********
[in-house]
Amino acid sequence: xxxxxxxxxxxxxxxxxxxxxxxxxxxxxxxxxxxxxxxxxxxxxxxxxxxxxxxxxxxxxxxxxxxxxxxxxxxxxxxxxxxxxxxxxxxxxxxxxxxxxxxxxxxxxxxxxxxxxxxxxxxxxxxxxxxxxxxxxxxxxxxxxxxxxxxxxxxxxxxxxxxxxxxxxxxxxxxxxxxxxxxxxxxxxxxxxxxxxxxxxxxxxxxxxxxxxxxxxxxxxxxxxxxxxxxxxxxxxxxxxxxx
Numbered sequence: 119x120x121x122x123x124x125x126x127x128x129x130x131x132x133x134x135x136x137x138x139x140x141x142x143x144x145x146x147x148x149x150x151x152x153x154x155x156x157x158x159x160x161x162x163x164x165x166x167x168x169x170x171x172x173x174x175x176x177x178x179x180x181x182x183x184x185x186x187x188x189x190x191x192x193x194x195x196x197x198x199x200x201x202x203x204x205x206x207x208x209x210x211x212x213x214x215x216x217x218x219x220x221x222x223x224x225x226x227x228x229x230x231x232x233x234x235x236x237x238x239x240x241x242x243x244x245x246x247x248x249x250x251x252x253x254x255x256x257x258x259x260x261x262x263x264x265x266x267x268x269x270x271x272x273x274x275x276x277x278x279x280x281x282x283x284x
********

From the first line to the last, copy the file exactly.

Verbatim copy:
[in-house]
Amino acid sequence: xxxxxxxxxxxxxxxxxxxxxxxxxxxxxxxxxxxxxxxxxxxxxxxxxxxxxxxxxxxxxxxxxxxxxxxxxxxxxxxxxxxxxxxxxxxxxxxxxxxxxxxxxxxxxxxxxxxxxxxxxxxxxxxxxxxxxxxxxxxxxxxxxxxxxxxxxxxxxxxxxxxxxxxxxxxxxxxxxxxxxxxxxxxxxxxxxxxxxxxxxxxxxxxxxxxxxxxxxxxxxxxxxxxxxxxxxxxxxxxxxxxx
Numbered sequence: 119x120x121x122x123x124x125x126x127x128x129x130x131x132x133x134x135x136x137x138x139x140x141x142x143x144x145x146x147x148x149x150x151x152x153x154x155x156x157x158x159x160x161x162x163x164x165x166x167x168x169x170x171x172x173x174x175x176x177x178x179x180x181x182x183x184x185x186x187x188x189x190x191x192x193x194x195x196x197x198x199x200x201x202x203x204x205x206x207x208x209x210x211x212x213x214x215x216x217x218x219x220x221x222x223x224x225x226x227x228x229x230x231x232x233x234x235x236x237x238x239x240x241x242x243x244x245x246x247x248x249x250x251x252x253x254x255x256x257x258x259x260x261x262x263x264x265x266x267x268x269x270x271x272x273x274x275x276x277x278x279x280x281x282x283x284x